Synonyms for busant or Related words with busant
Examples of "busant"
Known from a single fifteenth-century manuscript and three fragments, "Der
" emerged from a thematic tradition of wild men, thieving birds, and adventures of separated lovers. It is close to several other contemporary stories, such that a common origin has been hypothesised. The work has been described as a novel-like example of the "Märe" style of poetry. Cultural impact of the poem is visible in several surviving tapestries, as well as a possible influence in William Shakespeare's "A Midsummer Night's Dream".
The poem used to be considered a novel-like example of the "Märe" (), which is a German style of narrative poem, typically between 150 and 2000 lines, usually dealing with profane matters such as love; some critics discern three different types—farcical, courtly, and didactic. "Der
" partakes of the French tradition of "Die schöne Magelone" (), but also shows affinity with the work of Konrad von Würzburg and the "Iwein".
, also known as Der Bussard (both German names for the Common Buzzard), is a Middle High German verse narrative, containing 1074 lines of rhyming couplets. The story tells of a love affair between the Princess of France and the Prince of England, who elope but are separated after a buzzard steals one of the princess's rings. After more than a year of separation, with the prince having gone mad and living as a wild man, they are reunited.
Among contemporary texts, "Der
" shares the theme of a treasure being stolen by a bird with several other works. This includes "L'Escoufle" by Jean Renart (twelfth or thirteenth century), a chivalric romance 1902 lines long in which a kite performs the same action, as well as the Italian "La storia di Ottinello e Giulia", the French "La belle histoire d'amour de Pierre de Provence et de la belle Maguelonne, fille du roi de Naples", and a story from the "One Thousand and One Nights", "Tale of Kamar al-Zaman". Paul Meyer compared "Der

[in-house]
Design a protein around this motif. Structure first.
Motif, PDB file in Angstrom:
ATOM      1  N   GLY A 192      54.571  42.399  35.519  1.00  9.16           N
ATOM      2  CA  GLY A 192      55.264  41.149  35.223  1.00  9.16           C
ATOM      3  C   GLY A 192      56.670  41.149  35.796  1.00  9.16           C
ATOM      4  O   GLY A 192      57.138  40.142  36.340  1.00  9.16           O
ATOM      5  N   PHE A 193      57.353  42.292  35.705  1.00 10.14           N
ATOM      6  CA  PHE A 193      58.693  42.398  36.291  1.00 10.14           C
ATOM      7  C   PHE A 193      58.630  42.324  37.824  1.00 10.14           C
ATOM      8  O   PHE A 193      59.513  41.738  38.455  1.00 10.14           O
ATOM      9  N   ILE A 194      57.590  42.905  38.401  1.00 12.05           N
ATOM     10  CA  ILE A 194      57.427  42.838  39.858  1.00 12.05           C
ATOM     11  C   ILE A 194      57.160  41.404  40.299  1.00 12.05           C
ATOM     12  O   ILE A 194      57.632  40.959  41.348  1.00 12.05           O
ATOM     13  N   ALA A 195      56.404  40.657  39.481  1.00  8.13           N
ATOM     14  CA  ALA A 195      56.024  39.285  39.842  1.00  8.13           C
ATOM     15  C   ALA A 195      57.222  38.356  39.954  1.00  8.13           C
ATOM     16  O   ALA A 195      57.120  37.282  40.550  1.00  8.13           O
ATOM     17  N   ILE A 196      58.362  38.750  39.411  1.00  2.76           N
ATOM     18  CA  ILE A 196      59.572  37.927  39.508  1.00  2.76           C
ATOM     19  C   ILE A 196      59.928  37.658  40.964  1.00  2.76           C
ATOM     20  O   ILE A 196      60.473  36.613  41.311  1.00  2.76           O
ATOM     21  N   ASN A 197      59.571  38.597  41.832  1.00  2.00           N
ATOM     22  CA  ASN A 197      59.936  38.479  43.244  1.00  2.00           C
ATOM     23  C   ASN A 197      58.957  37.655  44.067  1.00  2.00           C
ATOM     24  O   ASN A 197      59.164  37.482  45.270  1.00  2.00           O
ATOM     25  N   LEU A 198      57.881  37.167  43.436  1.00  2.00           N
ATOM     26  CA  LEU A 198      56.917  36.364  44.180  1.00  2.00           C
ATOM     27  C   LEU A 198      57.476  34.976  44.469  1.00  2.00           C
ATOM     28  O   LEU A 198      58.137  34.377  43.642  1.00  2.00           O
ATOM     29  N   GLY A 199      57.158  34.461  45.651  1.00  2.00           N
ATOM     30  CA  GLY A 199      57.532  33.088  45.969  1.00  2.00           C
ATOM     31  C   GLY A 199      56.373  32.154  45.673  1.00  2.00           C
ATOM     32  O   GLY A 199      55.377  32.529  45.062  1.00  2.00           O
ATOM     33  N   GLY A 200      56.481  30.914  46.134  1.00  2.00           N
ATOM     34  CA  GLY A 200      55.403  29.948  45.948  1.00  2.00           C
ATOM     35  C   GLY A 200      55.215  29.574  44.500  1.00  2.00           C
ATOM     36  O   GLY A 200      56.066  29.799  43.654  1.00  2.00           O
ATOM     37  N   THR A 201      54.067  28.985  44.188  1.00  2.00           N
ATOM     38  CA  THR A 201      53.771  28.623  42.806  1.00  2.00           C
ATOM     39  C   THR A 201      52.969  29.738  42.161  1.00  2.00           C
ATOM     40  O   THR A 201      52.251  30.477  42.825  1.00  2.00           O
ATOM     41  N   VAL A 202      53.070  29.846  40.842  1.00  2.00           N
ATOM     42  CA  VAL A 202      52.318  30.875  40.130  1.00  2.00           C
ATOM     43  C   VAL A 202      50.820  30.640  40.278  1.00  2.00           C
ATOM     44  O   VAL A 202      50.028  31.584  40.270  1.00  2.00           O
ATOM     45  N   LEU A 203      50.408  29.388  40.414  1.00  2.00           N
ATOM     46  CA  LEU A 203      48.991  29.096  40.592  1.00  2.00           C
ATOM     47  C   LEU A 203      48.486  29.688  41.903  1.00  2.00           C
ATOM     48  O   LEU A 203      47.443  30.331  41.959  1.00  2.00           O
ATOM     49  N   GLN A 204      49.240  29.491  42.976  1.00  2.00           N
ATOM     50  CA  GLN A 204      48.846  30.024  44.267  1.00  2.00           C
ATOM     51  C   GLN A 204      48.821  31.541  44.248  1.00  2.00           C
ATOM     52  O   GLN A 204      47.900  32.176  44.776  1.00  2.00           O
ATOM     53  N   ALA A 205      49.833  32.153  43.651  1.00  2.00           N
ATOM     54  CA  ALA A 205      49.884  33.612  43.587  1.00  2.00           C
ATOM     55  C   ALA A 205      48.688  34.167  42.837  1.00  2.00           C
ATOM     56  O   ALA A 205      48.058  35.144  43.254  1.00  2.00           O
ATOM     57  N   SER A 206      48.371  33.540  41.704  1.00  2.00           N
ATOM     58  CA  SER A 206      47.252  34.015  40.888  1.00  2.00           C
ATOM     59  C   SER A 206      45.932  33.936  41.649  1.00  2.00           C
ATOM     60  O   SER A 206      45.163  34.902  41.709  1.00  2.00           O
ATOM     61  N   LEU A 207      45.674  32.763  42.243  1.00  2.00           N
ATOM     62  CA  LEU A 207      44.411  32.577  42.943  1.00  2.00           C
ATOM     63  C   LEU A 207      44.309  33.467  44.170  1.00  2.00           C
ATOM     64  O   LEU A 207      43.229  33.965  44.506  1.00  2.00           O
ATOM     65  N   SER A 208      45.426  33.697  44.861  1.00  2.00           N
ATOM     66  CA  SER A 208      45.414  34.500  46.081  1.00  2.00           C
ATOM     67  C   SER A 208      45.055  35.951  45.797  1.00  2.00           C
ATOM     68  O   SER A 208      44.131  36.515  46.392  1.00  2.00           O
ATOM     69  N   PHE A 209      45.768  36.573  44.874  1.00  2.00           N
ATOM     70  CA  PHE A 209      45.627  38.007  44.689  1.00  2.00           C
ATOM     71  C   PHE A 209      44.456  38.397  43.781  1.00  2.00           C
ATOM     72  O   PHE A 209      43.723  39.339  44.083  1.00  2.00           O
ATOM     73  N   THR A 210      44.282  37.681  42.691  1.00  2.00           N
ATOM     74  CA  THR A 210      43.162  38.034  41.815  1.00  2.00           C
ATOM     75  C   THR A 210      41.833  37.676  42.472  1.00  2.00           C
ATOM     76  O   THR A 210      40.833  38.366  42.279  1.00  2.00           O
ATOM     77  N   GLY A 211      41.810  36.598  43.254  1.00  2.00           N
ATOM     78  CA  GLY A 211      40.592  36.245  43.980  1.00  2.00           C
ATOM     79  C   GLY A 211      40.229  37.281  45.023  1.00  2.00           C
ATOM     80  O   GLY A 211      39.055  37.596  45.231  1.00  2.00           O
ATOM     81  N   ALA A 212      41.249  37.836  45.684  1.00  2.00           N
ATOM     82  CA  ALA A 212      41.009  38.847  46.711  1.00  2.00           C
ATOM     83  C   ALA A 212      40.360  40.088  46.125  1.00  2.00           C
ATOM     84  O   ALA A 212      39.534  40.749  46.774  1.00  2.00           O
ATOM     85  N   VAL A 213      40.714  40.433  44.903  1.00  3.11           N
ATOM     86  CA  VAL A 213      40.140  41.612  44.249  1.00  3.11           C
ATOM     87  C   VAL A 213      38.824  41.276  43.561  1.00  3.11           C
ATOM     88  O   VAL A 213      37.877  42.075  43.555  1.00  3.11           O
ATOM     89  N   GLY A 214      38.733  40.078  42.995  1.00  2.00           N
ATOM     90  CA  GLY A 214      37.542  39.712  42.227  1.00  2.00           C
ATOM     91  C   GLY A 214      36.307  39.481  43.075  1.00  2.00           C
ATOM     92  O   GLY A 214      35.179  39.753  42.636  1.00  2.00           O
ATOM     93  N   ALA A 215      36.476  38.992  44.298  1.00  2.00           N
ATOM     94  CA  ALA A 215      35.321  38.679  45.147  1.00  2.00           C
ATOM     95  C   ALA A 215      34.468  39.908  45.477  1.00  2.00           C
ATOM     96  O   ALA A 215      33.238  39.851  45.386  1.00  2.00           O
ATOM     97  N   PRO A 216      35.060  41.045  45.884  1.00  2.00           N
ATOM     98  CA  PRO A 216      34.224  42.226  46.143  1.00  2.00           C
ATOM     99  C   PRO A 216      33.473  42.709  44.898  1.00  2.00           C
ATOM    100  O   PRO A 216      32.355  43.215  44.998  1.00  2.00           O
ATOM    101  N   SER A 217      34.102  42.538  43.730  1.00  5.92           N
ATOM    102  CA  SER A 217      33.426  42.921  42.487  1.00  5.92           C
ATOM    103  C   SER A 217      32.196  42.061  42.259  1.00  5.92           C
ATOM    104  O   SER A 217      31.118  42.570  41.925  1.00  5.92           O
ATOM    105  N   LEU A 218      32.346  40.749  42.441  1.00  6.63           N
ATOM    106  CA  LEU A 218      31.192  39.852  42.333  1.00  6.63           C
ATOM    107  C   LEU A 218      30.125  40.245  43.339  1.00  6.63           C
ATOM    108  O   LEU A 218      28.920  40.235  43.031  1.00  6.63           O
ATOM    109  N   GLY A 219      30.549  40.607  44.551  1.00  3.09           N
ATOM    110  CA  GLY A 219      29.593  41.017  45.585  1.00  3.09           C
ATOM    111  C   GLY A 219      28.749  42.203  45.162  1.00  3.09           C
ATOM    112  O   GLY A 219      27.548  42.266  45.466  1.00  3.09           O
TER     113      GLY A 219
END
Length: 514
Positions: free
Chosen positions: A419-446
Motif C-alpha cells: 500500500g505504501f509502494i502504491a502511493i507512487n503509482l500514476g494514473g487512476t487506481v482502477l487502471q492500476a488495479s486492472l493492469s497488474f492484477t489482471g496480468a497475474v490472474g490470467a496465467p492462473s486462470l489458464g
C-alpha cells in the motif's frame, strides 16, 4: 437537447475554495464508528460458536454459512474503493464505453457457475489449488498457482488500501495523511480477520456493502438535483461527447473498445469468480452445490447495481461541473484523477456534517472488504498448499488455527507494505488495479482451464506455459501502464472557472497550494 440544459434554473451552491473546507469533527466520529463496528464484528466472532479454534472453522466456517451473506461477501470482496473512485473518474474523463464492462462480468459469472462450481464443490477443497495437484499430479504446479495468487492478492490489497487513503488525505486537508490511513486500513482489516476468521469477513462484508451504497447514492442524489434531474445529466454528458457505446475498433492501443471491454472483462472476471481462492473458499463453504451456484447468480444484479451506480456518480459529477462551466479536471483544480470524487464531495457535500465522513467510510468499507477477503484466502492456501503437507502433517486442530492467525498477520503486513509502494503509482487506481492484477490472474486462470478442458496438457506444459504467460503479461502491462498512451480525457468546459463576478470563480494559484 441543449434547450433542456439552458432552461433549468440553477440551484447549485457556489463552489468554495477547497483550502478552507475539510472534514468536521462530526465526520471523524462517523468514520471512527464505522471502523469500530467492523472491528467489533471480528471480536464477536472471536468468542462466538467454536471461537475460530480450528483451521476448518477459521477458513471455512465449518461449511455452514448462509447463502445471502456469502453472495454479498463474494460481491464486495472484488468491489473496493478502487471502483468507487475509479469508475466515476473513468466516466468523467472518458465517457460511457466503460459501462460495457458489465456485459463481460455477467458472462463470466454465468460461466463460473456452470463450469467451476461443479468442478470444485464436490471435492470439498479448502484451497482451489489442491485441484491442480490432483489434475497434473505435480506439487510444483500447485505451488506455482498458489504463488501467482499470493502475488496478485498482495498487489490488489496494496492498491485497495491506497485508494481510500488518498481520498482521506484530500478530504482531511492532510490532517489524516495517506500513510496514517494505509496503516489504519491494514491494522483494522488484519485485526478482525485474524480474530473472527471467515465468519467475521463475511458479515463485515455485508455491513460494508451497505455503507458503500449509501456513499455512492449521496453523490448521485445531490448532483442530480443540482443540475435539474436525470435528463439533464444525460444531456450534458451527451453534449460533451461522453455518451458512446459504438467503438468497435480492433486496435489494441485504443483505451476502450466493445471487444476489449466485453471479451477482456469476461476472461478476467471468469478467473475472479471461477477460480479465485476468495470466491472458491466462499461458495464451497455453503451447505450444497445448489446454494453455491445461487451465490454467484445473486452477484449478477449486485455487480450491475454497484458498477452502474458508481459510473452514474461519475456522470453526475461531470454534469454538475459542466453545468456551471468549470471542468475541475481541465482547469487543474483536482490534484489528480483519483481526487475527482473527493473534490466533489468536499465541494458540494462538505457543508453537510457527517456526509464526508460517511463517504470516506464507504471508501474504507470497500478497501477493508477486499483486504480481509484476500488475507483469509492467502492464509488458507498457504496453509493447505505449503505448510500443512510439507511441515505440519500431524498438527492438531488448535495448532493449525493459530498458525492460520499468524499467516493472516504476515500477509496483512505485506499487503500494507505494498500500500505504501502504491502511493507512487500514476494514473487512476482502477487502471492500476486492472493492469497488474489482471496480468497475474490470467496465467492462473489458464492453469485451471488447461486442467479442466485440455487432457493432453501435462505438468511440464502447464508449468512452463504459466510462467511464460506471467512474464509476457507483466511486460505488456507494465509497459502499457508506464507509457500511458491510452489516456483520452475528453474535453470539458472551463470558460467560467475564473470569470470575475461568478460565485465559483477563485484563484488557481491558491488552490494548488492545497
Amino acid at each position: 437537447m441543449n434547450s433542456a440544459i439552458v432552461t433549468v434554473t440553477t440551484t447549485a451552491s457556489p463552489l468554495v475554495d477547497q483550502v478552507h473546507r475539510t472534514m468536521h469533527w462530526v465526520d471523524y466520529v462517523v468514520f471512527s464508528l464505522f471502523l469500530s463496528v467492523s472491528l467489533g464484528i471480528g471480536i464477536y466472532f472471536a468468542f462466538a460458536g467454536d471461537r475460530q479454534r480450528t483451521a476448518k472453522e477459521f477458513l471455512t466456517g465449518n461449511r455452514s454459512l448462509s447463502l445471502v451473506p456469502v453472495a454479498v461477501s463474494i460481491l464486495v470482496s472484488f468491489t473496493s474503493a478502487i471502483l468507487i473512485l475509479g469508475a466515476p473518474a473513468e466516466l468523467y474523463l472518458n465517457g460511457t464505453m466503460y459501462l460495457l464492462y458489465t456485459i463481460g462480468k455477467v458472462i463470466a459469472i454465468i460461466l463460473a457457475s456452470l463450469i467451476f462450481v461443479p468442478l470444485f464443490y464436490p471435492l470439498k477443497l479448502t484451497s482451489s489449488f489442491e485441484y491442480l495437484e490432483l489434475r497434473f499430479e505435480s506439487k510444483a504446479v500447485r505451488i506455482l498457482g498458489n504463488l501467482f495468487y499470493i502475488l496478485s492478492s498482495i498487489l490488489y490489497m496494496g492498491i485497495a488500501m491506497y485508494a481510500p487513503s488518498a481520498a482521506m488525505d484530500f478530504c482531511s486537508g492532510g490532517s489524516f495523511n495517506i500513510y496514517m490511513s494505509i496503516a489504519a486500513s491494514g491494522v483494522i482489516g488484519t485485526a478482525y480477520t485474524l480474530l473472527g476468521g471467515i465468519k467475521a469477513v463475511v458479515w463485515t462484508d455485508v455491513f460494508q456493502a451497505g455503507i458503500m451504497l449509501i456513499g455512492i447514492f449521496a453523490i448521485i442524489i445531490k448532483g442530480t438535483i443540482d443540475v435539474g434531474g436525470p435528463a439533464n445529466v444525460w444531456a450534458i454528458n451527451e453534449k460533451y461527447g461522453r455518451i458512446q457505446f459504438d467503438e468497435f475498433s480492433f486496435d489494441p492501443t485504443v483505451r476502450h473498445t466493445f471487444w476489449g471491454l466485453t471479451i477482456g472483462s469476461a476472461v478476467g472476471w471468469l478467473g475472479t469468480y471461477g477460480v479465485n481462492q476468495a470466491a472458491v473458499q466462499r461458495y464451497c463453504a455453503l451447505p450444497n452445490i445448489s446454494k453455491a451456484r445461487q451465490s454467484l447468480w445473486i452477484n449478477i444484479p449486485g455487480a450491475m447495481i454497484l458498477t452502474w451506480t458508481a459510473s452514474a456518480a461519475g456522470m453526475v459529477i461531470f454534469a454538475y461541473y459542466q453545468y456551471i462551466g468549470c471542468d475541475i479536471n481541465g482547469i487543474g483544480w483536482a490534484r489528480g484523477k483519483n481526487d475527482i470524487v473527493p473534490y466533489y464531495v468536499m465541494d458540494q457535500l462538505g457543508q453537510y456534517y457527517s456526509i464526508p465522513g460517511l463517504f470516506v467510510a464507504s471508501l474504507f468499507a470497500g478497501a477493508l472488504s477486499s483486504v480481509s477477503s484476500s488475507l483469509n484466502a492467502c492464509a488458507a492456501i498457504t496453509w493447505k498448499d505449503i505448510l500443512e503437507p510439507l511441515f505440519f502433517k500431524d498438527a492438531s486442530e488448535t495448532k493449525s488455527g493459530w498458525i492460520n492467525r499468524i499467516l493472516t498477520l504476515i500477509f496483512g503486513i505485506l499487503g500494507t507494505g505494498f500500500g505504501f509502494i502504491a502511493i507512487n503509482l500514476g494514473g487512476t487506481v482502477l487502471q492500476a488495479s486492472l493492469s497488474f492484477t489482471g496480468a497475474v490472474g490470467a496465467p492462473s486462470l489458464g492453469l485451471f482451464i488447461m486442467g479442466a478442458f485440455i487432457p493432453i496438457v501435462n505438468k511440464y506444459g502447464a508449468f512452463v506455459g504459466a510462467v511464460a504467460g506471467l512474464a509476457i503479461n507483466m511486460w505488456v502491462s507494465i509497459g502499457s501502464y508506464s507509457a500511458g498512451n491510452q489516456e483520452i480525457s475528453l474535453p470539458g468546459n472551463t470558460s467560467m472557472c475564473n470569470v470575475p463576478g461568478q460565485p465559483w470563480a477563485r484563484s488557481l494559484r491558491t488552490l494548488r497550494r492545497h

" and "L'Escoufle" and suggests that the two were derived from a single source, yet to be found; the comparison was first made by Köhler, and according to Rosenfeld, later cited by Linden, that original is a French text. Ph. Aug. Becker, however, in a 1937 review of a study of Renart, denies such a source text and claims the theme as Renart's own invention. According to Rosenfeld, style and individual motifs suggest that the fourteenth-century original of the poem was influenced by Konrad von Würzburg (he singles out his "Partonopier"); the elopement is, he says, influenced by Rudolf von Ems's "Wilhelm von Orlens", and the depiction of the Prince's madness by Hartmann von Aue's "Iwein".
During the Middle High German period, "Minnesänge", songs about courtly love, were very popular. The most notable of all the "Minnesänger" was, of course, Walther von der Vogelweide, but there were also many others. Some of the melodies for these "Minnesänge" have survived to the present day, but most of the melodies have been lost. The only one of Walther's songs for which the melody has survived is the "Palästinalied", which is not a "Minnesang". Walther's most famous "Minnesang" is the poem "Unter der Linden", whose melody has not survived to the present day. Other notable works of Middle High German lyric poetry include the incomplete "Christherre-Chronik", a thirteenth-century world chronicle from Thüringen, the lyric poem "Der
", and the works of Heinrich Frauenlob.
It is unknown exactly when "A Midsummer Night's Dream" was written or first performed, but on the basis of topical references and an allusion to Edmund Spenser's "Epithalamion", it is usually dated 1595 or early 1596. Some have theorised that the play might have been written for an aristocratic wedding (for example that of Elizabeth Carey, Lady Berkeley), while others suggest that it was written for the Queen to celebrate the feast day of St. John. No concrete evidence exists to support this theory. In any case, it would have been performed at The Theatre and, later, The Globe. Though it is not a translation or adaptation of an earlier work, various sources such as Ovid's "Metamorphoses" and Chaucer's "The Knight's Tale" served as inspiration. According to John Twyning, the play's plot of four lovers undergoing a trial in the woods was intended as a "riff" on "Der